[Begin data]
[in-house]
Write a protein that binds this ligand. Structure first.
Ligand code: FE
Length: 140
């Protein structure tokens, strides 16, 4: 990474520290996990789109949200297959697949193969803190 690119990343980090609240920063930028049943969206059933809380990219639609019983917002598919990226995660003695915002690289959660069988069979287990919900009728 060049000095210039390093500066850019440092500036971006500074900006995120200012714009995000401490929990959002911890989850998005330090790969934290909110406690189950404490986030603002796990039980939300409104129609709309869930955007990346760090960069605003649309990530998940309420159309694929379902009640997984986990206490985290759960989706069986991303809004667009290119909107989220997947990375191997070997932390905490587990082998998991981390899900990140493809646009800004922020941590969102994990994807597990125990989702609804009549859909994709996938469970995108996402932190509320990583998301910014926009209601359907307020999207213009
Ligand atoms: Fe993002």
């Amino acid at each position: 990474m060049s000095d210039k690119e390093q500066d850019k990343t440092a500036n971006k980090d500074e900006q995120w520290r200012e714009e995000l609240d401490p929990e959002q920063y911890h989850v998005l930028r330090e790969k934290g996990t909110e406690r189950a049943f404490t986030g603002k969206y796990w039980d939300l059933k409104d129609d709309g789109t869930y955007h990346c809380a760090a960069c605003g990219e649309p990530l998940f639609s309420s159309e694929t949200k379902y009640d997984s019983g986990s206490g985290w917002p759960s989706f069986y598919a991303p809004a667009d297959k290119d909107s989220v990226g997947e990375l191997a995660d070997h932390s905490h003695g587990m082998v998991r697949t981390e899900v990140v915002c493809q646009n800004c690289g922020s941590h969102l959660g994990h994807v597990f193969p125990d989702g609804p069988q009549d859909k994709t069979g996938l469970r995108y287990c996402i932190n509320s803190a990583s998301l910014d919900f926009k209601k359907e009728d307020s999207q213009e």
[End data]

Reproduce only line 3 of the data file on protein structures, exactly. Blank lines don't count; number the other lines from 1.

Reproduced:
Ligand code: FE